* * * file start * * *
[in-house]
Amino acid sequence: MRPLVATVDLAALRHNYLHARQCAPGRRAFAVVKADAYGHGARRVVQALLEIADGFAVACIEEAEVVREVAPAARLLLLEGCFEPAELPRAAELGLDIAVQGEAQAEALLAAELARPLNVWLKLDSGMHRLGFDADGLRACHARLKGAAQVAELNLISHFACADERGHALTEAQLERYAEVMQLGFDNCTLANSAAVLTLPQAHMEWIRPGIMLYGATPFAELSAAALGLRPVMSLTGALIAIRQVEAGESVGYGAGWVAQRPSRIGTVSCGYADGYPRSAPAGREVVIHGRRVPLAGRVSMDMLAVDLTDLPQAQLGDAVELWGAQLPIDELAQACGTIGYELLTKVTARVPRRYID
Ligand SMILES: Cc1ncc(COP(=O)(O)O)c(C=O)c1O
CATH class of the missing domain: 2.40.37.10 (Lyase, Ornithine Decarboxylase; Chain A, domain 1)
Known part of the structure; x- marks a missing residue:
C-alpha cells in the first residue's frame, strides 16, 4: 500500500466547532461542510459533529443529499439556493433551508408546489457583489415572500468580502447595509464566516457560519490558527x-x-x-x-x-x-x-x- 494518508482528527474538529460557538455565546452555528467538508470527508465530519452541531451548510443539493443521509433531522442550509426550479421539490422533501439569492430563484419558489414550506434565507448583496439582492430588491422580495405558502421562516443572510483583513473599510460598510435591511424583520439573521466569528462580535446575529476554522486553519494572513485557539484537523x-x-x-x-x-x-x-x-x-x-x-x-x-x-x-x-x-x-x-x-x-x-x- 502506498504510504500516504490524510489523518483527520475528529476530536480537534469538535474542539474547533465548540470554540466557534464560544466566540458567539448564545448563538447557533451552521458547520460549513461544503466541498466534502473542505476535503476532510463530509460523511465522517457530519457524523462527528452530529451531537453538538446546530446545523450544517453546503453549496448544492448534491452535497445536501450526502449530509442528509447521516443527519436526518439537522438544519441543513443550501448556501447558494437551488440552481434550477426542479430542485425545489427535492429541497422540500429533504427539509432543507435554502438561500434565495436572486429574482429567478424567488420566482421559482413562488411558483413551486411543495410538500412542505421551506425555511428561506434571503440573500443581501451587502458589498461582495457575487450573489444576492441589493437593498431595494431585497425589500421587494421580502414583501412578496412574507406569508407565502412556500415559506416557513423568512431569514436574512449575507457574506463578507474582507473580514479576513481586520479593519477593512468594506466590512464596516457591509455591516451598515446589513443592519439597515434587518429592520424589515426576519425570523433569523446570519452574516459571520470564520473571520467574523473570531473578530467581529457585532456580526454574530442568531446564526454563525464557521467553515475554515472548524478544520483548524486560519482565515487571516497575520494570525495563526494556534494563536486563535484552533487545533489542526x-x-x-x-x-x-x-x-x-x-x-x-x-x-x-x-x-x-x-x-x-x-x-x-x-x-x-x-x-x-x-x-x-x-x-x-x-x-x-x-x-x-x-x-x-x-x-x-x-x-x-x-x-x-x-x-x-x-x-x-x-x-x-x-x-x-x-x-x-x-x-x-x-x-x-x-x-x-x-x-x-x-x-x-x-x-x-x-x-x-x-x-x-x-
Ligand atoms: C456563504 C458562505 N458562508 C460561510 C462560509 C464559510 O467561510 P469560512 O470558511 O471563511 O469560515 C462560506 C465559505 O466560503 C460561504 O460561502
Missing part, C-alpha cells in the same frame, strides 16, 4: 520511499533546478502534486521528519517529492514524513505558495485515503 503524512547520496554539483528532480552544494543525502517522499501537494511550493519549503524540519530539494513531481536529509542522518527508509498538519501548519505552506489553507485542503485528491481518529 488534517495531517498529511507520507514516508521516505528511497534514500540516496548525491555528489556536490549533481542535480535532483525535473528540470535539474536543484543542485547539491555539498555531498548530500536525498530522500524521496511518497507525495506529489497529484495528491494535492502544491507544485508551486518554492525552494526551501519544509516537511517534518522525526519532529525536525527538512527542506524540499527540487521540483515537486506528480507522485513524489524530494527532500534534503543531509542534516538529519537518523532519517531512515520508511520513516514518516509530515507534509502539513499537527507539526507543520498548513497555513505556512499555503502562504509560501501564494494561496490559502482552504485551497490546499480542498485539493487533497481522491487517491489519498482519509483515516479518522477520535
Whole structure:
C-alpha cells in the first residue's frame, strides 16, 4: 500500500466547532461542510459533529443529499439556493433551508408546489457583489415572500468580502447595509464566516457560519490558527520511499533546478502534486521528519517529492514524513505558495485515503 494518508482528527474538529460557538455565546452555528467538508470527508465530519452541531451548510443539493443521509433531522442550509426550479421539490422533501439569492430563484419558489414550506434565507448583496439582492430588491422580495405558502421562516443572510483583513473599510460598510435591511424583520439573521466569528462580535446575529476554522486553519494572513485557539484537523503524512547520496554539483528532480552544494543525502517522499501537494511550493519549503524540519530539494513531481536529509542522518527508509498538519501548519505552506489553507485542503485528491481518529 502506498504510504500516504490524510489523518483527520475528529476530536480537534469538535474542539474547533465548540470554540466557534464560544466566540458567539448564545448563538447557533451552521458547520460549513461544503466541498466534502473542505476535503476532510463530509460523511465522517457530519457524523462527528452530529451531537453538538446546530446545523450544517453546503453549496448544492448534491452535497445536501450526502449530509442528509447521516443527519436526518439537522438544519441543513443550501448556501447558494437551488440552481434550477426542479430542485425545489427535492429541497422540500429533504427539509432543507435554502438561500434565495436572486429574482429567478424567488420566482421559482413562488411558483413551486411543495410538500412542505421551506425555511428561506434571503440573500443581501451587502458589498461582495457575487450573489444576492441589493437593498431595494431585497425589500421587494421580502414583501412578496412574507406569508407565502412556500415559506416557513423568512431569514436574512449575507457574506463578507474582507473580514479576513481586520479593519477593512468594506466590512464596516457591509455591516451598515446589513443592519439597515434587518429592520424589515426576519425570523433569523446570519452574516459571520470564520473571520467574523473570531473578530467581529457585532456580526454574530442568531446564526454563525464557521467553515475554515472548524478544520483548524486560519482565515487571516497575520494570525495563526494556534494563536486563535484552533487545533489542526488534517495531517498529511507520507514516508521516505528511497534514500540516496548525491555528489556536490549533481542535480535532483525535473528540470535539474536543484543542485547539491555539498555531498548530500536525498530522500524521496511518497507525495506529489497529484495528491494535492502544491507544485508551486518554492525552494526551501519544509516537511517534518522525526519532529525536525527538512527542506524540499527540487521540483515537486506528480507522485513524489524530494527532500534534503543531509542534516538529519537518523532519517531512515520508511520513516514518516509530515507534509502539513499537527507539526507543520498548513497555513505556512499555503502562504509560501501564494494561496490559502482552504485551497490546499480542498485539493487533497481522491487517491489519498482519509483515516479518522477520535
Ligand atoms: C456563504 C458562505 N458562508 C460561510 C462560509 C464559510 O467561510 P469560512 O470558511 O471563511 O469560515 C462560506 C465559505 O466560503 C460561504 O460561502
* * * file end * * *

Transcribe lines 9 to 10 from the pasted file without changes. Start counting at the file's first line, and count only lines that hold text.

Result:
Whole structure:
C-alpha cells in the first residue's frame, strides 16, 4: 500500500466547532461542510459533529443529499439556493433551508408546489457583489415572500468580502447595509464566516457560519490558527520511499533546478502534486521528519517529492514524513505558495485515503 494518508482528527474538529460557538455565546452555528467538508470527508465530519452541531451548510443539493443521509433531522442550509426550479421539490422533501439569492430563484419558489414550506434565507448583496439582492430588491422580495405558502421562516443572510483583513473599510460598510435591511424583520439573521466569528462580535446575529476554522486553519494572513485557539484537523503524512547520496554539483528532480552544494543525502517522499501537494511550493519549503524540519530539494513531481536529509542522518527508509498538519501548519505552506489553507485542503485528491481518529 502506498504510504500516504490524510489523518483527520475528529476530536480537534469538535474542539474547533465548540470554540466557534464560544466566540458567539448564545448563538447557533451552521458547520460549513461544503466541498466534502473542505476535503476532510463530509460523511465522517457530519457524523462527528452530529451531537453538538446546530446545523450544517453546503453549496448544492448534491452535497445536501450526502449530509442528509447521516443527519436526518439537522438544519441543513443550501448556501447558494437551488440552481434550477426542479430542485425545489427535492429541497422540500429533504427539509432543507435554502438561500434565495436572486429574482429567478424567488420566482421559482413562488411558483413551486411543495410538500412542505421551506425555511428561506434571503440573500443581501451587502458589498461582495457575487450573489444576492441589493437593498431595494431585497425589500421587494421580502414583501412578496412574507406569508407565502412556500415559506416557513423568512431569514436574512449575507457574506463578507474582507473580514479576513481586520479593519477593512468594506466590512464596516457591509455591516451598515446589513443592519439597515434587518429592520424589515426576519425570523433569523446570519452574516459571520470564520473571520467574523473570531473578530467581529457585532456580526454574530442568531446564526454563525464557521467553515475554515472548524478544520483548524486560519482565515487571516497575520494570525495563526494556534494563536486563535484552533487545533489542526488534517495531517498529511507520507514516508521516505528511497534514500540516496548525491555528489556536490549533481542535480535532483525535473528540470535539474536543484543542485547539491555539498555531498548530500536525498530522500524521496511518497507525495506529489497529484495528491494535492502544491507544485508551486518554492525552494526551501519544509516537511517534518522525526519532529525536525527538512527542506524540499527540487521540483515537486506528480507522485513524489524530494527532500534534503543531509542534516538529519537518523532519517531512515520508511520513516514518516509530515507534509502539513499537527507539526507543520498548513497555513505556512499555503502562504509560501501564494494561496490559502482552504485551497490546499480542498485539493487533497481522491487517491489519498482519509483515516479518522477520535